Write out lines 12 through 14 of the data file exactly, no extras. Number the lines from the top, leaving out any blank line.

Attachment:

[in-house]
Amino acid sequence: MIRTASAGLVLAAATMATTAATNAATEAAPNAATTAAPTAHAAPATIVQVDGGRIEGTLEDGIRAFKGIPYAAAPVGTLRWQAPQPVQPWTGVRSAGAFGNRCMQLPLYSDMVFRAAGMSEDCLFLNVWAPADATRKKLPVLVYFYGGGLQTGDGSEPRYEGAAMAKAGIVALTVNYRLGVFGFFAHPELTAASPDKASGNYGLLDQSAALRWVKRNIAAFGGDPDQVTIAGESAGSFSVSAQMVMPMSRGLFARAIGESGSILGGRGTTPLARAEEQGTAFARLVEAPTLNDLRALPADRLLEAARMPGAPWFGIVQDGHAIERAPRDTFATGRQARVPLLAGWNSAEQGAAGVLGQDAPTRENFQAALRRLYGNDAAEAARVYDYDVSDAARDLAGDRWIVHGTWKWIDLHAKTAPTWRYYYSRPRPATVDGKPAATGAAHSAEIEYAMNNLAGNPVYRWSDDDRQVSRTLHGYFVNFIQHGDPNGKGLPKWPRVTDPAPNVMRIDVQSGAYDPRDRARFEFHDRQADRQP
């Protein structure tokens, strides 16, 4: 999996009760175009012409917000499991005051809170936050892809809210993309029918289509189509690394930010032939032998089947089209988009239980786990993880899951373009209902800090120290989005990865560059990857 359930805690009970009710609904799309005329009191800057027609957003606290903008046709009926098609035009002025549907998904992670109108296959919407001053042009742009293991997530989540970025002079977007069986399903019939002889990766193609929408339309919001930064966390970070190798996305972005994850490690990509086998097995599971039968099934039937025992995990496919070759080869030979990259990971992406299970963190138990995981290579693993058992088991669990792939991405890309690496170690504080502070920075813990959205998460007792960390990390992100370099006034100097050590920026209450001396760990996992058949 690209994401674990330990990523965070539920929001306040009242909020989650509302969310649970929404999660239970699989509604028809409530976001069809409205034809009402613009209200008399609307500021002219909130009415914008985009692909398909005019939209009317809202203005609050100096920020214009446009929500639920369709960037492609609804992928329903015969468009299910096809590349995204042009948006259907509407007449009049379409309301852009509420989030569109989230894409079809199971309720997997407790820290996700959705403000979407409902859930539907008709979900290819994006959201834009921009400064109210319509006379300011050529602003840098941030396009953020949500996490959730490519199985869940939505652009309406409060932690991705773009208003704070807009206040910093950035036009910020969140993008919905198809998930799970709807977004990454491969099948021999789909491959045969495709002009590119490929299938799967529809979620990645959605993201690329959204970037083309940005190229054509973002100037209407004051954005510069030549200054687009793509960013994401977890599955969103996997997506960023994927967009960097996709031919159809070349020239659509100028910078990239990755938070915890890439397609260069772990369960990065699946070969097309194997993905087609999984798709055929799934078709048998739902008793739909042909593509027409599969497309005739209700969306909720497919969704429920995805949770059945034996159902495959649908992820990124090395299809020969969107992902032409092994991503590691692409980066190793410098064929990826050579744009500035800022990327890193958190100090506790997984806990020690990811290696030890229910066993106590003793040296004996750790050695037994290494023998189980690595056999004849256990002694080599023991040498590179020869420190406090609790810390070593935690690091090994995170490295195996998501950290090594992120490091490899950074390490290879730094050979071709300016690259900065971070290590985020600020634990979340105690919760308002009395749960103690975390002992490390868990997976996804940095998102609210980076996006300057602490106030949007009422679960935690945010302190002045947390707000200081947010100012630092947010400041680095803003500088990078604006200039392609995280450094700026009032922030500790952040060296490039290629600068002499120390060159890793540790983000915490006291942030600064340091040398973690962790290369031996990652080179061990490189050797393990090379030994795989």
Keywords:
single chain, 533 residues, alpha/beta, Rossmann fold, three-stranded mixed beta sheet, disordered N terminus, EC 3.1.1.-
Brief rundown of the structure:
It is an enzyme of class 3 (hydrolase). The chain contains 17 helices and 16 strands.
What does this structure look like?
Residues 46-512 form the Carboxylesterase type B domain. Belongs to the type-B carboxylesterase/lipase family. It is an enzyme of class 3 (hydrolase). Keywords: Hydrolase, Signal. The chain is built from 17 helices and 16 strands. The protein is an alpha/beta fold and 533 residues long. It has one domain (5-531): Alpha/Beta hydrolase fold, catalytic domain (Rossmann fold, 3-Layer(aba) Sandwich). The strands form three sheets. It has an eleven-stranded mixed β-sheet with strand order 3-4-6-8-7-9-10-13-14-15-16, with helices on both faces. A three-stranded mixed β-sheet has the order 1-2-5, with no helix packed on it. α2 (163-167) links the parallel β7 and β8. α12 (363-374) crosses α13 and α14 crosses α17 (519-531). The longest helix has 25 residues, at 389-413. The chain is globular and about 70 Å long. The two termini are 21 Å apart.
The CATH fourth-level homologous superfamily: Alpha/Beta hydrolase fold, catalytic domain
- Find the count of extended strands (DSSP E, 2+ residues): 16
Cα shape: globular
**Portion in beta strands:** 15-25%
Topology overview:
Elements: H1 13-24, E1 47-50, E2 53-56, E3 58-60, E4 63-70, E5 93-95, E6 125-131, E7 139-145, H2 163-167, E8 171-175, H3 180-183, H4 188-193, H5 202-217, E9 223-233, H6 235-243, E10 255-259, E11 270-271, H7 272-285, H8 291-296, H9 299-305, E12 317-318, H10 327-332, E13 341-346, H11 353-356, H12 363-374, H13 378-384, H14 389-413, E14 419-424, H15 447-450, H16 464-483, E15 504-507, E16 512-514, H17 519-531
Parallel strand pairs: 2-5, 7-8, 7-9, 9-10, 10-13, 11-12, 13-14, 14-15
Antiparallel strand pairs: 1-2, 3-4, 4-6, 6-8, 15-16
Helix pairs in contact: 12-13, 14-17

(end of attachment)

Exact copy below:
Cα shape: globular
**Portion in beta strands:** 15-25%
Topology overview: